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Concrete In Australia : December 2013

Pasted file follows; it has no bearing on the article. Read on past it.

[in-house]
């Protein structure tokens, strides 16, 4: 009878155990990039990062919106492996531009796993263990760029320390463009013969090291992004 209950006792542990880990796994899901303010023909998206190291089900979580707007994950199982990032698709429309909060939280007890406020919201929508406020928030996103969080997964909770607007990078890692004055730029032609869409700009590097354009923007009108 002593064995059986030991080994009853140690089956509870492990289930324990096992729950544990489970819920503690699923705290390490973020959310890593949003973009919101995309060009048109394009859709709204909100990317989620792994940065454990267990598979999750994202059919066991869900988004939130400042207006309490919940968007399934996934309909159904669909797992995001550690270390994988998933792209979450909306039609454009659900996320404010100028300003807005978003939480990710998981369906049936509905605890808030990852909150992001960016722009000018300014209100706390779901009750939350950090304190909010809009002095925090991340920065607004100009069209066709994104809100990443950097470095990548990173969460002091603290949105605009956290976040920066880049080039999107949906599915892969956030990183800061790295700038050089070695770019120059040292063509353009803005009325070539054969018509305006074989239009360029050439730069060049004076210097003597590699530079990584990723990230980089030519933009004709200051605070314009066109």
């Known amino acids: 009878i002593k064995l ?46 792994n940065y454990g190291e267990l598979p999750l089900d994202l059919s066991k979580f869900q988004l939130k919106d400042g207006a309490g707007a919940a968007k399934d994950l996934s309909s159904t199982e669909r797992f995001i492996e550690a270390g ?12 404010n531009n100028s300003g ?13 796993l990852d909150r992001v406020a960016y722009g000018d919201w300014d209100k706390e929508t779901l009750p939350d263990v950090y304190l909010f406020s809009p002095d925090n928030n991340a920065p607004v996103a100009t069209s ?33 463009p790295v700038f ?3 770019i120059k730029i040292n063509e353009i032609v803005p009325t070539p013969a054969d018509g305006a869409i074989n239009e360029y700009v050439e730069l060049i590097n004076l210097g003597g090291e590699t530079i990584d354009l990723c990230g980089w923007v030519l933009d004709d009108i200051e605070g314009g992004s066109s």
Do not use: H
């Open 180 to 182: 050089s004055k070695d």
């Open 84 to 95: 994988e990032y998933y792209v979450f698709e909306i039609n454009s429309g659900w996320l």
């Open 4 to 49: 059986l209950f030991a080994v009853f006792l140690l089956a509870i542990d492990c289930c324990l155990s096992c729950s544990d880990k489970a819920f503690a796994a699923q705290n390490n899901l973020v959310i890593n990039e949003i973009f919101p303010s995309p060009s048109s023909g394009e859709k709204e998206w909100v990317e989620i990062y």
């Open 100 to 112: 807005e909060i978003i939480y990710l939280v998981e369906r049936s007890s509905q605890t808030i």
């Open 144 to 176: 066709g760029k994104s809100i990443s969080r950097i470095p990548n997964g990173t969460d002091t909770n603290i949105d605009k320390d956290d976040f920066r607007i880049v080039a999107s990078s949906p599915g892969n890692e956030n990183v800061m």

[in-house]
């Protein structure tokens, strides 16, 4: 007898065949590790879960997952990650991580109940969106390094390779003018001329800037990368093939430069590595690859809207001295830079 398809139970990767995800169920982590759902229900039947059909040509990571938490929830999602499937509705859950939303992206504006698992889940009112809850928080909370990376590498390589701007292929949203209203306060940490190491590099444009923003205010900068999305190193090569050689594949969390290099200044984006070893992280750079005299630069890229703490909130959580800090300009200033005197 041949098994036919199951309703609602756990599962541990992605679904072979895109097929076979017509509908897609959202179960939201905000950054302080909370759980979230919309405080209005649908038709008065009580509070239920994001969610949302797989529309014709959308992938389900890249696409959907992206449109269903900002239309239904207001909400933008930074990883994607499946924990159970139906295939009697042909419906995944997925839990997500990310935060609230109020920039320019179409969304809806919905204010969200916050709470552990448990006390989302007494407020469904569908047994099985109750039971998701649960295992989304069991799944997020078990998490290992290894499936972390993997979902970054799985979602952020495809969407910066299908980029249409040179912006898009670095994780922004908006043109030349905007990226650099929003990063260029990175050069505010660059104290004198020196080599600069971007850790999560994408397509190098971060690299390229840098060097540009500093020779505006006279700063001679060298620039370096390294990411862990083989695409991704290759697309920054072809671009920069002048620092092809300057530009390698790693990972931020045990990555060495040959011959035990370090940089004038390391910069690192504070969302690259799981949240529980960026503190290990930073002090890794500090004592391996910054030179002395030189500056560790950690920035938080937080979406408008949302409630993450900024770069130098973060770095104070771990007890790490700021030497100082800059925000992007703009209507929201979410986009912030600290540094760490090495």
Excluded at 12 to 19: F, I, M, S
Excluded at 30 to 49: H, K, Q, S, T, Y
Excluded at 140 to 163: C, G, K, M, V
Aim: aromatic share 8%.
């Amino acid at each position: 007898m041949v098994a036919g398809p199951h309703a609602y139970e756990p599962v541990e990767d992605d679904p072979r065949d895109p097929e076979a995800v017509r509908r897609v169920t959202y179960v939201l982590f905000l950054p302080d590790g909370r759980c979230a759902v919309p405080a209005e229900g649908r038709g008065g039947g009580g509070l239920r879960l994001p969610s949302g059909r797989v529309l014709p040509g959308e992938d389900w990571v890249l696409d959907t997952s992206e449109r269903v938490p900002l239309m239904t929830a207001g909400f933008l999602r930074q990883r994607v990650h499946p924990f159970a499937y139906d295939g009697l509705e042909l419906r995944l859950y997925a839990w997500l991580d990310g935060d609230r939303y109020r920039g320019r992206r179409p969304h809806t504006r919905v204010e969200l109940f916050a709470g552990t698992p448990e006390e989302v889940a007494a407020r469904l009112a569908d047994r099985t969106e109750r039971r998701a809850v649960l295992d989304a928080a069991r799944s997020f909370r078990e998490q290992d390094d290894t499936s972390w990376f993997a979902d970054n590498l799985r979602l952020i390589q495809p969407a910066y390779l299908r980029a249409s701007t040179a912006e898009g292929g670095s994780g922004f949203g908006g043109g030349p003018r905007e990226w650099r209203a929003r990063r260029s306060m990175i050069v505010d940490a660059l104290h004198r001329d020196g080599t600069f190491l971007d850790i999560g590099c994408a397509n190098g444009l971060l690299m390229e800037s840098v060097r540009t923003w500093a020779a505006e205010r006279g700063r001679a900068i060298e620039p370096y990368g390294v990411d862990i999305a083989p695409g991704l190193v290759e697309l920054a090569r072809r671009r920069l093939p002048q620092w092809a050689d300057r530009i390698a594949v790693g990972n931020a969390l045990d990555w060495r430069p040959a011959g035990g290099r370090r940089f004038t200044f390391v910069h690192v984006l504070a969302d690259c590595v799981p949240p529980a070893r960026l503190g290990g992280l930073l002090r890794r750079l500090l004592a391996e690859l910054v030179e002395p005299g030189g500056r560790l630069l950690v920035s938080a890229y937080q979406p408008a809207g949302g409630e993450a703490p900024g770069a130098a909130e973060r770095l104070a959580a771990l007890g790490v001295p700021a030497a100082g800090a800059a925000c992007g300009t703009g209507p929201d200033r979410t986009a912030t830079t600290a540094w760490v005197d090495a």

Concrete in Australia Vol 39 No 4 41 Performance control tests and numerical simulations for concrete in deep foundations M. Larisch, National Technical and Quality Manager, Piling Contractors Dr Z. Qin, Researcher, CSIRO Dr H. Alehossein, Principal Researcher, CSIRO High quality concrete for deep foundations needs to meet particular performance criteria to achieve the required workability (plastic flow-ability) and stability (resistance to bleeding). Workability is normally measured by the concrete slump test and most concrete specifications, codes and standards largely rely on this test alone. However, the slump test alone is not a reliable method to determine workability, although it can reasonably indicate the consistency of a fresh concrete mix. Stability requirements to control concrete bleeding and aggregate segregations are usually not part of the current specifications and no standard test methods are recommended. For instance, it is important to consider the pressure effects from the hydraulic head and self-weight of the concrete mass on the fresh concrete at the base of deep foundations causing potential risks of bleeding and other associated stability and quality issues. Concrete for deep foundations must have excellent workability criteria and sufficient resistance against bleeding to guarantee a non-defective end-product. Over the past decade, concrete technology has changed considerably, and the test methods recommended by the current codes and standards need to be adjusted to reflect these changes. This paper highlights the new requirements, particularly the introduction of performance based testing criteria as recommended in “ Tremie Concrete for Deep Foundations”, published by the Concrete Institute of Australia in 2012. Concrete viscosity and plastic yield are the two important characterisation parameters to be considered. A case study will demonstrate how these characteristics can be achieved by applying the newly introduced performance tests. New testing criteria recommended here will meet the progressive demands of modern concrete technology for deep foundations as a next step for the entire concrete industry. To prove the capability of numerical methods to mimic the complex process of concrete behaviour, CFD modelling has been used to simulate the laboratory tests. These simulations demonstrate that the behaviour of a highly workable concrete is similar to a non-Newtonian frictional plastic-viscous fluid, and CFD modelling is a suitable tool to model the behaviour of fresh concrete inside deep foundation elements. 1.0 INTRODUCTION Concrete for deep foundations, like piles and retaining structures, is subject to special conditions within a distinctive environment (soil, rock, water). Special placement techniques as well as particular fresh concrete properties are required to ensure an excellent, fully compliant end-product free of damage. Depending on the ground conditions and load requirements, deep foundations can reach depths up to 125 m below the ground surface with foundation excavations usually full of drilling fluids such as bentonite or polymers used to support the excavation walls. Concreting in deep excavations normally has different requirements to those for superstructures since the former is subjected to additional pressures and requires replacing the drilling fluid with concrete during placement (Figure 1). The following aspects are essential for concrete mix designs for deep foundations: • concrete must have sufficient stability against segregation in order to withstand the hydrostatic pressure at the pile base, Figure 1: Concrete for deep foundations needs more quality control than structural and shallow foundation concrete, due to much higher hydrostatic pressures. 41-48 Larisch.indd 41 41-48 Larisch.indd 41 25/11/13 3:58 PM 25/11/13 3:58 PM